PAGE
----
Some people feel indifferent about honey bees because there is a stigma attached to them as being dangerous and aggressive insects that want to sting you. A species called the Africanized Honey Bee can be very defensive and aggressive, but most other honey bees want nothing to do with you (including our Italian Honey Bees we had here at the park). They don’t want to sting you, they want to work and take care of their colony and hive. If they feel threatened, then of course they will defend their colony, but stinging is a last resort (because if honey bees sting you they die).

Studies have shown that many things from pesticides to parasites and disease are the major reason for bee population declines around the world. We have been no exception to this struggle. We hope to begin anew in the coming spring. Please continue to support our cause as we travel through our beekeeping journey here at the nature park.

Red-Winged Blackbirds

A Message From The Park:  

If you come to the park over the next few weeks you may hear the noise of airboats out in the wet cells. The airboats come annually (from Louisiana) to push down the vegetation in the wet cells. This occurs to deter the Red-winged Blackbirds from roosting in the vegetation over night and then flying out in the morning, and again in at night, directly across the flight path of the airplanes coming into and going out of Augusta Regional Airport.

Read More about the Phinizy Red-wing Blackbirds below

Red-winged Blackbirds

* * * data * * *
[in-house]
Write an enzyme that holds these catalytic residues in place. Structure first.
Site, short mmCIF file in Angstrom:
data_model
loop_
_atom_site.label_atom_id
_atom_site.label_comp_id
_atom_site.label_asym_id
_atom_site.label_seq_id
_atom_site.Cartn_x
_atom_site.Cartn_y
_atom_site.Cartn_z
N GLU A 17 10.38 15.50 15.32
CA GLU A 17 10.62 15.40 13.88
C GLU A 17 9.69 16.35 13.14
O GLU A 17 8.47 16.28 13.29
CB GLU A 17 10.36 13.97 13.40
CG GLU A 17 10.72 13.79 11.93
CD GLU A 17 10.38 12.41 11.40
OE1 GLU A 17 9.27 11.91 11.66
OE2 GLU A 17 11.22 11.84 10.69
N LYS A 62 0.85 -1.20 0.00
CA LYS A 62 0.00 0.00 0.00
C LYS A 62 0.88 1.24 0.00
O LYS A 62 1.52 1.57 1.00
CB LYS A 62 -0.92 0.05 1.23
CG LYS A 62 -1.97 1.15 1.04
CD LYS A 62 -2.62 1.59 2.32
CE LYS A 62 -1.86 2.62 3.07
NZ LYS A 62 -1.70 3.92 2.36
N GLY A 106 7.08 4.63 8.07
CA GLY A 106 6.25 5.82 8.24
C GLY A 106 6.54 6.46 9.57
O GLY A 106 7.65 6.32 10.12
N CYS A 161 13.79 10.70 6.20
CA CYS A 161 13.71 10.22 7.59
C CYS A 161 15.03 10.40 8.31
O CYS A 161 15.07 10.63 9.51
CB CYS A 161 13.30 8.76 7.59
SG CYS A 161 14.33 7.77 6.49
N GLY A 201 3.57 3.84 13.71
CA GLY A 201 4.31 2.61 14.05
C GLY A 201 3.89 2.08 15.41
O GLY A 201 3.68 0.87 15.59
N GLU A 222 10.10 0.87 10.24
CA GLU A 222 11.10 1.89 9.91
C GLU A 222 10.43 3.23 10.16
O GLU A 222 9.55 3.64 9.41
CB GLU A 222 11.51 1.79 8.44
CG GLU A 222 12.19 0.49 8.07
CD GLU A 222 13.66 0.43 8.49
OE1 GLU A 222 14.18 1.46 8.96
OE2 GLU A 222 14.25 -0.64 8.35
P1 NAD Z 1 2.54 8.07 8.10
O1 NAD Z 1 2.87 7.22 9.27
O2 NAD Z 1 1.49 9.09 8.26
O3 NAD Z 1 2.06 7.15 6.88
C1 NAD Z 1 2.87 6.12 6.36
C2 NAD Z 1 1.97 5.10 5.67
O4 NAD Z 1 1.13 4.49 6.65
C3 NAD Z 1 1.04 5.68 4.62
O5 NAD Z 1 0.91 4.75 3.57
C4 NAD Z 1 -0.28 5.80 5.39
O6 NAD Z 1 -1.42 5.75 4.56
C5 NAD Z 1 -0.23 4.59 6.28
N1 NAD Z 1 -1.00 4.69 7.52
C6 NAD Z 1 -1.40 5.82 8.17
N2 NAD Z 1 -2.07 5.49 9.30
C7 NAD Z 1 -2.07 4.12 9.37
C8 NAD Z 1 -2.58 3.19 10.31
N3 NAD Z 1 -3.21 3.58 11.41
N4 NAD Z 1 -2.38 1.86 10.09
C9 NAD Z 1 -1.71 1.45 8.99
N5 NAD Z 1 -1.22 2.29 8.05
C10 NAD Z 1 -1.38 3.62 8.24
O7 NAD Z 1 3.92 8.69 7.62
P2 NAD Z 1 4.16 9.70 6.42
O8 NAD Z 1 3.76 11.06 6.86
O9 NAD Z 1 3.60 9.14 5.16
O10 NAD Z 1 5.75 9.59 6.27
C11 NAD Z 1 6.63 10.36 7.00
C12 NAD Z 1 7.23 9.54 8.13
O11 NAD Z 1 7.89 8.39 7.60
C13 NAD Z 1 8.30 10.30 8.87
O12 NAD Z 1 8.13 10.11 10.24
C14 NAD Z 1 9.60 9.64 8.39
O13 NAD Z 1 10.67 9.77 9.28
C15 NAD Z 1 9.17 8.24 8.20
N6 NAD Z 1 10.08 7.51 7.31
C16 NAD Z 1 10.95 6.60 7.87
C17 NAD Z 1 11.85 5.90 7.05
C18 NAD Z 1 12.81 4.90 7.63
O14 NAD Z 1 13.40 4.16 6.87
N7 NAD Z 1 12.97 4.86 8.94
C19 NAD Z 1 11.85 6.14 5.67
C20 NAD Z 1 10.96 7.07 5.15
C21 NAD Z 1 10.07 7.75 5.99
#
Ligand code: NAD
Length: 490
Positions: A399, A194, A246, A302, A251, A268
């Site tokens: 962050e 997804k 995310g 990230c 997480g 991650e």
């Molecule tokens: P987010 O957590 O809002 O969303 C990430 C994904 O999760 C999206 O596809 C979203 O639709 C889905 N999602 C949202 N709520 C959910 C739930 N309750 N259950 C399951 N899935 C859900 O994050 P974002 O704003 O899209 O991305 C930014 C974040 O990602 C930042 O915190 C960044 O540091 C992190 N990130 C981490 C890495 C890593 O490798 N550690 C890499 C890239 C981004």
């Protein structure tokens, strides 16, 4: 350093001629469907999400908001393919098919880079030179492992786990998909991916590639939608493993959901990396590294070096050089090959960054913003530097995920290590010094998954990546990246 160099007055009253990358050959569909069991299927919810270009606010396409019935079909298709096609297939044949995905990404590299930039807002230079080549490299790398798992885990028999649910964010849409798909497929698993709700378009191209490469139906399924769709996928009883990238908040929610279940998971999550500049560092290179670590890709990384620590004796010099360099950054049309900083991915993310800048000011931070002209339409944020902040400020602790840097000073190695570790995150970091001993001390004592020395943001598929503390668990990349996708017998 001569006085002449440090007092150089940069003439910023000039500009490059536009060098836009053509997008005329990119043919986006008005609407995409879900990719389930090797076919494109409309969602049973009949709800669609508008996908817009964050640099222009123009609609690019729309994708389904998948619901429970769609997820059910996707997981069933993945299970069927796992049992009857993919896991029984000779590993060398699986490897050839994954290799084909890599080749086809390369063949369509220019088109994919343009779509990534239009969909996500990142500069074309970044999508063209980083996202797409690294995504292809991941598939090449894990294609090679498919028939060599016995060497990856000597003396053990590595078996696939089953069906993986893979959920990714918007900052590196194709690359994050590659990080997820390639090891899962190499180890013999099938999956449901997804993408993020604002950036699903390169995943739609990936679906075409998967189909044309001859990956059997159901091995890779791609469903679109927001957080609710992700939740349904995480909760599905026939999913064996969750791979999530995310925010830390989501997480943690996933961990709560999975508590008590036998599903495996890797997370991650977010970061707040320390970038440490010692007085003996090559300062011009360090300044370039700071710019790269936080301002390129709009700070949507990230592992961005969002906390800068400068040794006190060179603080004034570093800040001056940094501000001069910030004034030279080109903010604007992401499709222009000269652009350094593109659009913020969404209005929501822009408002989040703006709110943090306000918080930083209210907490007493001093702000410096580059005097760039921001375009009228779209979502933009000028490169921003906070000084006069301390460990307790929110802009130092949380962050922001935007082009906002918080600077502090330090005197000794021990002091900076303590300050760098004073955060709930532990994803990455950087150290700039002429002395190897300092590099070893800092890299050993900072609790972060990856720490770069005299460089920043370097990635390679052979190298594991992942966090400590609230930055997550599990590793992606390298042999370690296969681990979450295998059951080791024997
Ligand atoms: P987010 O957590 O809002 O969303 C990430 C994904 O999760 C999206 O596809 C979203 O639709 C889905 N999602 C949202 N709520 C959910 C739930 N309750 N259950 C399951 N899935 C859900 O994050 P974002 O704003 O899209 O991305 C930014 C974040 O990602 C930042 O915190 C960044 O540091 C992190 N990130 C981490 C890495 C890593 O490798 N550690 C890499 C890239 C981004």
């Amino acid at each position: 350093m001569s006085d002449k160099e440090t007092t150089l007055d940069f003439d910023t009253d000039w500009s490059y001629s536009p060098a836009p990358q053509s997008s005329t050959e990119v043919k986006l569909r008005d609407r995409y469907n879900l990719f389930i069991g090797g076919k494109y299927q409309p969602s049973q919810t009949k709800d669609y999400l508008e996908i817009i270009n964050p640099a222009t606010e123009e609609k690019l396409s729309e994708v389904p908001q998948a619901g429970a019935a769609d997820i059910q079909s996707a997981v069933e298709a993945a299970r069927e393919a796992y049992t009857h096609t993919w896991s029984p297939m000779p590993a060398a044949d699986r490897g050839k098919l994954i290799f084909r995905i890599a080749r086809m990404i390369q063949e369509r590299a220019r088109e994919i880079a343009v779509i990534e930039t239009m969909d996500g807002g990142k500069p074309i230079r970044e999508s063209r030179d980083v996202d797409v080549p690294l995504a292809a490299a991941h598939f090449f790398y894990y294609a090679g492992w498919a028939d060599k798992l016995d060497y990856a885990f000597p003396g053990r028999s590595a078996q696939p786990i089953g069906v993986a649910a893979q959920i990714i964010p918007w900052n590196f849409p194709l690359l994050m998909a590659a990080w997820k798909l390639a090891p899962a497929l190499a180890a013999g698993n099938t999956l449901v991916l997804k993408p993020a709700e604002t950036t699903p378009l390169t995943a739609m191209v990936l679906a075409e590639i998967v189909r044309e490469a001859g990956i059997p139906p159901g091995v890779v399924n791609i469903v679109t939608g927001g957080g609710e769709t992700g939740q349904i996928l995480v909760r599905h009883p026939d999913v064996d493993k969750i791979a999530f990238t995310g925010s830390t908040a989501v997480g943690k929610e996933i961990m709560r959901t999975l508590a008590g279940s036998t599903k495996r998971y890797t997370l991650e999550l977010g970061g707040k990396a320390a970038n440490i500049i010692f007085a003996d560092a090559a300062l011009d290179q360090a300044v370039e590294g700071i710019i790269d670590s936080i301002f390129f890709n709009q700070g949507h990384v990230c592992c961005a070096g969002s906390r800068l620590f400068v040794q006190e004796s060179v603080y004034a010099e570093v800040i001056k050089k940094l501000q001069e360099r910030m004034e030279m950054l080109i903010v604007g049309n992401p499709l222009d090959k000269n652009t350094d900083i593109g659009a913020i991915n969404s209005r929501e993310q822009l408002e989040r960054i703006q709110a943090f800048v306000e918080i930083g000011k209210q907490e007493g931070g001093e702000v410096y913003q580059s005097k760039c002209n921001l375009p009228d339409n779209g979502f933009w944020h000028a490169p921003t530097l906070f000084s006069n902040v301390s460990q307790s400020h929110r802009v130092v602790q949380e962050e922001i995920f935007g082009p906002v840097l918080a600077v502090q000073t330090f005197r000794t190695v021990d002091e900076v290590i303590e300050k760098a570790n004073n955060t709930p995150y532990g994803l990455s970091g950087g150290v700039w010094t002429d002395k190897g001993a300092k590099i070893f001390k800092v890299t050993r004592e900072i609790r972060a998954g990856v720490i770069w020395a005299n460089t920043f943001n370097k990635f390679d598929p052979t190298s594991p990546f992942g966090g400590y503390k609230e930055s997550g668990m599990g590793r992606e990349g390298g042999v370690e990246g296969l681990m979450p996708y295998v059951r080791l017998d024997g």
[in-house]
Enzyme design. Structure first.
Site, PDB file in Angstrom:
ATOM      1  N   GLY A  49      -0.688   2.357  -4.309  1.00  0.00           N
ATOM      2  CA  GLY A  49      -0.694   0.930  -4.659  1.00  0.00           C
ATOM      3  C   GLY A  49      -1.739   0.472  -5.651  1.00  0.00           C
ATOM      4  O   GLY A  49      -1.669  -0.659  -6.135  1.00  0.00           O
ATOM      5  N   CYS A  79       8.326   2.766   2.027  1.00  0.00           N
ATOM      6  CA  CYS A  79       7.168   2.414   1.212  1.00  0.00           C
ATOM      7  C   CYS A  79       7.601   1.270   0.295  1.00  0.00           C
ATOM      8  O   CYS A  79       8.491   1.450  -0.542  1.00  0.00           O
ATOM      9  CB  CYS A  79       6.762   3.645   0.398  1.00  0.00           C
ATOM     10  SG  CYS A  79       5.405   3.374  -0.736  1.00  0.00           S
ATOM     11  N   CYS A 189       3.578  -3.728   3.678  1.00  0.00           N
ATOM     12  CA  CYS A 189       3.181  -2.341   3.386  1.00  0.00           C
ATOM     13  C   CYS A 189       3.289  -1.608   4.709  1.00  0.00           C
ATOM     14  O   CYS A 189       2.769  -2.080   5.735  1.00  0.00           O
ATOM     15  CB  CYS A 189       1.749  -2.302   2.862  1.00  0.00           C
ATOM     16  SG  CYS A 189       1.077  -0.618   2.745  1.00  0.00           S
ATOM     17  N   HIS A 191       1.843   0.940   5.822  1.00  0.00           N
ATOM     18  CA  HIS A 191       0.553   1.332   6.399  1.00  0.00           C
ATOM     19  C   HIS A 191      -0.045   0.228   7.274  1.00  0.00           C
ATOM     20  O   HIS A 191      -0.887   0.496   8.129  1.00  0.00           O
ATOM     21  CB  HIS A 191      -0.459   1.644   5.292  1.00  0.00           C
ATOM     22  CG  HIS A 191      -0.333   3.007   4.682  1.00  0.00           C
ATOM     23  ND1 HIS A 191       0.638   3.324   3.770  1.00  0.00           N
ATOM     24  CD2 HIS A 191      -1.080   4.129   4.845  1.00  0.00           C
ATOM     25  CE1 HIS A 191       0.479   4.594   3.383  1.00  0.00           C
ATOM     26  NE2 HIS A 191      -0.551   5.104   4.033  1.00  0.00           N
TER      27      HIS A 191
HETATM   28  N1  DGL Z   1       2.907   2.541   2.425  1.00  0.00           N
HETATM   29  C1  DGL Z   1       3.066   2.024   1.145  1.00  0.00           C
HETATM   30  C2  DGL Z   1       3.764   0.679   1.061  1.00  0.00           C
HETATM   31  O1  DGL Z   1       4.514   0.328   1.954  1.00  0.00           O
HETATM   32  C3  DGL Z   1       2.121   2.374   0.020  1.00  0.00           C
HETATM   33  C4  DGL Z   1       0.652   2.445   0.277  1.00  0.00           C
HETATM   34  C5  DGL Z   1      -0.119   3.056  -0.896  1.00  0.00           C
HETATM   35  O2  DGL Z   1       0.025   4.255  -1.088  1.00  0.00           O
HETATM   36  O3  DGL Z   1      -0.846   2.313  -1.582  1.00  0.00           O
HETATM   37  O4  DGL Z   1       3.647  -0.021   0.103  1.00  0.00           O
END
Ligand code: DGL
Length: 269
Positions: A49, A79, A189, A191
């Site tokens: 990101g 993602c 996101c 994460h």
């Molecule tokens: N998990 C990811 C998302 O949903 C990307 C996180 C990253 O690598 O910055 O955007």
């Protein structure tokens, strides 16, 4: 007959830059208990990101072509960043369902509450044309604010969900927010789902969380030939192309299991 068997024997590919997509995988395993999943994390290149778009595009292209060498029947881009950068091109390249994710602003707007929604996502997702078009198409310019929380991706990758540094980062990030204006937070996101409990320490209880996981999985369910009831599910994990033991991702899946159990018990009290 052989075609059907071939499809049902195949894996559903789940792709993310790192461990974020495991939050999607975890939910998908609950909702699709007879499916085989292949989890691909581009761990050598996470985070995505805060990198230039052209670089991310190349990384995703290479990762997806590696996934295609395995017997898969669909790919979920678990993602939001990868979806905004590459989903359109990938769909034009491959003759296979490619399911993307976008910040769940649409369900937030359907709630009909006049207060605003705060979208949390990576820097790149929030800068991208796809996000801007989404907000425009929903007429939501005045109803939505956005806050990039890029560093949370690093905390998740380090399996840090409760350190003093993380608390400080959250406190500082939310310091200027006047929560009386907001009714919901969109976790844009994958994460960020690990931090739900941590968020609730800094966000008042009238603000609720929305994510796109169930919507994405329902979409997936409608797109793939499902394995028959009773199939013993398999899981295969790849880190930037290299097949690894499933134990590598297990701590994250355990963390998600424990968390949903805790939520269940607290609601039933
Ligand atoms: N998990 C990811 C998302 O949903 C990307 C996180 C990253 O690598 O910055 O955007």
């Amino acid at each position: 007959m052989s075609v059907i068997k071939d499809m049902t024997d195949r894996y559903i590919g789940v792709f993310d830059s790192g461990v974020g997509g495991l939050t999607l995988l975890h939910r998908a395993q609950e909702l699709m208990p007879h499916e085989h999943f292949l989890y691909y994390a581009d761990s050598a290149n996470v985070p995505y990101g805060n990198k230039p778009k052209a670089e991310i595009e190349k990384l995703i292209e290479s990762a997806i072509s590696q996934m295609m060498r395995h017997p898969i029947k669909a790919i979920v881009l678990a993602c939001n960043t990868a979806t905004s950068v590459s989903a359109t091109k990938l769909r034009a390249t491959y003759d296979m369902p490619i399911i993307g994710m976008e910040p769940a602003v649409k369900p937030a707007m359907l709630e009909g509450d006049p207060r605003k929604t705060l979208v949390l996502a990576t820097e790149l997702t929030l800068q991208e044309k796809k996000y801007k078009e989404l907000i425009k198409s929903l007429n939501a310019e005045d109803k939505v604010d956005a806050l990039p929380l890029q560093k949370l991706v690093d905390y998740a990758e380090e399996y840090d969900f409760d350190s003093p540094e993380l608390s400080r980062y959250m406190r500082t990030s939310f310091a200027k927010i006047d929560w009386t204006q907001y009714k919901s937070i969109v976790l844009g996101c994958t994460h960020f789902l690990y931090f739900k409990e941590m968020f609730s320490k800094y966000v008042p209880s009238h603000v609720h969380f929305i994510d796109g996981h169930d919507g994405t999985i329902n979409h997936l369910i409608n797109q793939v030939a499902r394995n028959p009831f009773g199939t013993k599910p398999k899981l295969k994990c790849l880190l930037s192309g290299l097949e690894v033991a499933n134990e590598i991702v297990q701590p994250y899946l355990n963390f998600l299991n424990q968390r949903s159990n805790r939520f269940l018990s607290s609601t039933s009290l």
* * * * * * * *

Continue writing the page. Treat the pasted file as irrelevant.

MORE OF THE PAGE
By:  Ruth Mead, Sr. Environmental Educator

The Red-winged Blackbird (Agelaius phoeniceus), one of the most abundant land birds in North America, is a member of the troupial family—named for their habit of gathering in large flocks—or troupes. They can be found in wetlands from the Atlantic to the Pacific.

While the genus name Agelaius means “belonging to a flock,” the species name phoeniceus and common name refer to the distinctive coloring seen on the adult males, which are mainly black with red shoulder patches, or “epaulets”. This coloring can be seen when the bird is flying or displaying. A pale yellow wingbar is also visible on perching males. Females, which are slightly smaller than the males, are mottled brownish with a sharp, pointed bill. Immature birds typically resemble females.

Red-winged blackbirds feed mainly on plant materials, including seeds from weeds and waste grain such as corn and rice. About a quarter of their diet consists of insects, such as dragonflies, damselflies, butterflies, moths, and flies, but they also consume snails, frogs, eggs, carrion, worms, spiders, and mollusks.

During summer months, red-winged blackbirds roost in small flocks. In winter, they form huge congregations of several million birds, which flock together to roost in the evening and disperse each morning.

The History of Red-Winged Blackbirds in Phinizy Swamp

Red-winged Blackbirds have used the nearly 7000 acres Phinizy Swamp and surrounding Savannah River floodplain for hundreds of years. These wetlands provide excellent habitat for roosting, breeding, and foraging. In winter months, millions of blackbirds have been known to use these wetlands. Twice daily the skies are filled with blackbirds as they disband in the morning for daily foraging and return in the late afternoon for roosting.

From November through March these large flocks of blackbirds have caused concern for Augusta Regional Airport, located directly adjacent to Phinizy Swamp. As birds create a flight risk to the planes, several accommodations have been made to keep passengers and crew safe. No plane activity is allowed for 20 minutes during dawn and 20 minutes during dusk, around the time that the birds usually fly over the airport. Although this approach is effective, it’s also too passive to change the behavior of the birds.